Congestion Pricing: Bloomberg Needs to Sweeten the Deal


Webster Avenue and Fordham Road, the Bronx

Congestion pricing is in trouble. With just weeks to go before the Traffic Mitigation Commission makes its recommendations to the City Council and State Legislature, public support is waning and opponents appear to have the upper hand. The one sales pitch that scored high in public opinion polls, using pricing revenue to hold down transit fares, was discarded this week when the Mayor decided to support the governor’s fare hike.

Congestion pricing is struggling for two reasons. First, it has been framed as a revenue issue instead of a traffic-busting, quality-of-life-improving, environmental measure. Second, City Hall has not made a politically compelling case for how pricing revenue will be used. Politics demands that congestion pricing be about more than extending the 7 train and building part of the Second Avenue subway and LIRR connector — projects that won’t be completed for many years and overwhelmingly serve Manhattan.

In contrast to these mega-projects, the congestion fee is immediate and specific. This clash between specific, immediate costs and diffuse, long-term, benefit has produced a public discussion focused on who will pay the congestion fee and how, rather than what the benefits will be and for whom. Fortunately, there is still time for Mayor Bloomberg to turn things around by combining congestion pricing’s broad social and environmental benefits with a package of short-term, highly visible, specific transportation and quality of life benefits that excite the public imagination.

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Flatbush Avenue and Fulton Street, Downtown Brooklyn.

By January 31, the Traffic Mitigation Committee will present a new congestion pricing plan that will likely suggest tolls on East River Bridges and a fee to cross 60th Street. Once the Committee issues its new recommendations, City Hall should relaunch congestion pricing by proposing two major new benefits. First, the rapid implementation of neighborhood streetscape and pedestrian improvements on the city’s busiest commercial corridors, especially outside of Manhattan. Second, a Paris-style, bus service expansion including the launch of new bus rapid transit lines and major improvements in local service accompanied by aggressive promotion targeted at bus riders and transit unions.

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Main Street and Roosevelt Avenue, Flushing, Queens.

The Commission’s new congestion pricing proposal is expected to raise an estimated $500 million a year. The boroughs would be buzzing if City Hall dedicated $150 million a year of this new revenue to highly visible, streetscape and pedestrian improvements on the city’s busiest commercial corridors, especially in fast-growing Queens. The Mayor would utterly transform the congestion pricing debate if he traveled the boroughs like a Livable Streets Johny Appleseed sprinkling new buses, wider sidewalks, greenery, street furniture and truck traffic-reducing bulb-outs in his wake. In doing so, the Mayor would re-frame congestion pricing as an economic development and quality of life project rather than a "tax on the working class." The Mayor, rather than suburban Assembly member Richard Brodsky, would dominate media coverage as he met with local business and civic leaders and offered speedy, attractive plans to revitalize neighborhood centers using congestion pricing revenue.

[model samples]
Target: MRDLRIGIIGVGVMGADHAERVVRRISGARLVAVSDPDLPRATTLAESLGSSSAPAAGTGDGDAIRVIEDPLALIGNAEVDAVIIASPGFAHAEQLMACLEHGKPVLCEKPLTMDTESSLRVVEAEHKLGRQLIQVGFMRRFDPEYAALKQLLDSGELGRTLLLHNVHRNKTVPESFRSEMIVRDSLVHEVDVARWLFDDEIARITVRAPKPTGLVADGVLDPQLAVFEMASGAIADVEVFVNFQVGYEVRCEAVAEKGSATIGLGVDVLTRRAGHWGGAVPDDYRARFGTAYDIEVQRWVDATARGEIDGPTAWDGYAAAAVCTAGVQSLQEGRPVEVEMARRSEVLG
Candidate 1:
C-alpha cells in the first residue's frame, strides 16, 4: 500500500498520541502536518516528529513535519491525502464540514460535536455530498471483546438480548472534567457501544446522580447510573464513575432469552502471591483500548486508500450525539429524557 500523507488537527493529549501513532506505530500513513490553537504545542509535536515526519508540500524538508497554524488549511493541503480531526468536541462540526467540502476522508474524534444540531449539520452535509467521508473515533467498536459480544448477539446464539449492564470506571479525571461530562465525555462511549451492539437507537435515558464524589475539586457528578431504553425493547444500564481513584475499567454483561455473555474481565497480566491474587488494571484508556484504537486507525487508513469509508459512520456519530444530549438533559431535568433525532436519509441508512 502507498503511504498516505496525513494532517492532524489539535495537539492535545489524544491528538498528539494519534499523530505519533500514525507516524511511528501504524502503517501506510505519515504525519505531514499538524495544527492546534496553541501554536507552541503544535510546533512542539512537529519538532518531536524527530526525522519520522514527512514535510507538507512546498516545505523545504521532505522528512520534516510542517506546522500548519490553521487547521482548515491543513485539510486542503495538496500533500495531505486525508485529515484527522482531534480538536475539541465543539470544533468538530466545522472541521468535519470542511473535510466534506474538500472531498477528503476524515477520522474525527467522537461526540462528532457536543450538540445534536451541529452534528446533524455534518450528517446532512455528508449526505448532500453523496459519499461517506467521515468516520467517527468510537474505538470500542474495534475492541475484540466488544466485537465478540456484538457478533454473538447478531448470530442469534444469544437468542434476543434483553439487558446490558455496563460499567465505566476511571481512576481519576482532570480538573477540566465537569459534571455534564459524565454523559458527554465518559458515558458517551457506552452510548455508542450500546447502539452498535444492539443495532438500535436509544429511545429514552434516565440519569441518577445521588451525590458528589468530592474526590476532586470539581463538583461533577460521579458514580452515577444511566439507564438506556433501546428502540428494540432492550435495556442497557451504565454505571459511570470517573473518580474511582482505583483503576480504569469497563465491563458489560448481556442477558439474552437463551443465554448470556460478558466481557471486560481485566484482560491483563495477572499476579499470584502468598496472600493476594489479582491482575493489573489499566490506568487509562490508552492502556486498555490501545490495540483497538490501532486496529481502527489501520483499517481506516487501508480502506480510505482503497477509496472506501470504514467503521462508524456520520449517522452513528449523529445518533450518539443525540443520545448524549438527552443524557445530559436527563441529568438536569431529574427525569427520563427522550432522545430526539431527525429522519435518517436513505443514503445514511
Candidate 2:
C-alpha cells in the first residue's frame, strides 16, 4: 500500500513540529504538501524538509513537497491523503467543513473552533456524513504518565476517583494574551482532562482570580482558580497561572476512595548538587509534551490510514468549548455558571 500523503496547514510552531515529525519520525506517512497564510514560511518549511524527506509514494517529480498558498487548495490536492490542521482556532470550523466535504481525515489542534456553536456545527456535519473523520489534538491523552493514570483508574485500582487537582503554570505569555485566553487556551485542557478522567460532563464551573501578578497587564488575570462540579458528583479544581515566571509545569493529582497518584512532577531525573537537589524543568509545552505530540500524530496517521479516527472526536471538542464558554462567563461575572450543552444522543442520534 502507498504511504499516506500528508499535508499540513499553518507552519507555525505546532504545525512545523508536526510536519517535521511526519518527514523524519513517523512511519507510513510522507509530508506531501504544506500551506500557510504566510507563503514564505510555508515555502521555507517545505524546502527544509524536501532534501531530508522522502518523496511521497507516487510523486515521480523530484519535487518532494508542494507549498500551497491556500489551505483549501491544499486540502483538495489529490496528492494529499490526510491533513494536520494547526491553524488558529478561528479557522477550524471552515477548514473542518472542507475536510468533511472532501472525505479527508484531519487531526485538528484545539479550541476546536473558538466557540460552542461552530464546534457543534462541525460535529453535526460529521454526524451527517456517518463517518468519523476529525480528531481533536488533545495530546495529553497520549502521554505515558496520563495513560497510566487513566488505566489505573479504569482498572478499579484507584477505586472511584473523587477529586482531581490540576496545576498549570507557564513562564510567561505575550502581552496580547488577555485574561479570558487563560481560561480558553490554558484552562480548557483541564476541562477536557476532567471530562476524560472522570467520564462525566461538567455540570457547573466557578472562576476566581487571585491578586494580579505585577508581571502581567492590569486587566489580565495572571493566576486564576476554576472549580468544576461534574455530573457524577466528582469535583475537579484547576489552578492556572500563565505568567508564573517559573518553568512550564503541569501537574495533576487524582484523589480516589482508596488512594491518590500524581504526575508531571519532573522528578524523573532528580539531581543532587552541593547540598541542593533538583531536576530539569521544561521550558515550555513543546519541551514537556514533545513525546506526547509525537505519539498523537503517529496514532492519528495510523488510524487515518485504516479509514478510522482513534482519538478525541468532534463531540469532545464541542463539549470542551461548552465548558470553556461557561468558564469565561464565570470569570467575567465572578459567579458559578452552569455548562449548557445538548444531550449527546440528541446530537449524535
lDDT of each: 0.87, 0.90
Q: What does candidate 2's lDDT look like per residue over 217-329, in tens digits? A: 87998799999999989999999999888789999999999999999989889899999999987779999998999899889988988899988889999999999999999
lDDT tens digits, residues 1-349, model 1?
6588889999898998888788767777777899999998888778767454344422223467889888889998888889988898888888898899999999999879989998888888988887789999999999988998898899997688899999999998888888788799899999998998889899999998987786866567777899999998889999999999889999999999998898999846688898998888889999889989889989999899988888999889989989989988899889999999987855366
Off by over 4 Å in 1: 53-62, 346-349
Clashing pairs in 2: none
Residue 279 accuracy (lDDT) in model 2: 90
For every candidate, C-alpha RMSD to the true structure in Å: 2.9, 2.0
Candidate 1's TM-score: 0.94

London Mayor Ken Livingstone’s staff say they used three words to generate public support for congestion pricing in London: "Buses, buses and buses." City Hall should hammer the message that bus riders are the big-time beneficiaries of pricing. Local TV news networks, daily commuter papers and weekly community papers should be filled with stories about the new bus services that pricing will create in neighborhoods throughout the city. Bus riders should be made aware of exactly how many new buses, fewer delays and increased service they get on their own routes.


Roosevelt Avenue and 76th Street, Jackson Heights, Queens.

Mayor Bloomberg’s 2030 Plan already includes a massive boost in bus service. With $258 million in one-time federal congestion pricing aid the MTA will roll out 367 new buses on 36 routes in 22 neighborhoods and ten new Bus Rapid Transit lines. But buses need even more. Paris, which is about one-third the size of New York City, is building 17 new BRT lines. With the additional revenue from the Commission’s expected bridge tolling proposal, Mayor Bloomberg could double the number of planned BRT lines to 20 for an additional $120 million per year. This would still leave $230 million per year for MTA capital expenses — substantial new revenue to bond for big subway and rail expansion.

Initially, Mayor Bloomberg presented congestion pricing as part of a grand vision for a greener, more sustainable New York City. Cynical opponents diluted that vision by re-characterizing congestion pricing as just another bad tax on New York City’s working families. Yet, the Mayor’s original vision had the support of 40 percent of New Yorkers without even mention of a specific benefit. Mayor Bloomberg is a great salesman. He can win congestion pricing if he revisits the idealism of his original vision and adds to it local, visible and immediate benefits that the average New Yorker can understand and appreciate.

Flickr Photos: Betty Blade, Threecee, Haikiba, Pete Biggs.

  • Larry Littlefield

    If it goes down, it goes down. But…

    thereafter, those who opposed should be forced to come up with the money WITHOUT borrowing, WITHOUT raising already high taxes, and WITHOUT reducing services for those who were not “at or over” 55 when President Bush said the words. In particular, the public should demand that Weiner come up with hundreds of millions more in federal aid — not earmarks deducted from additional federal aid.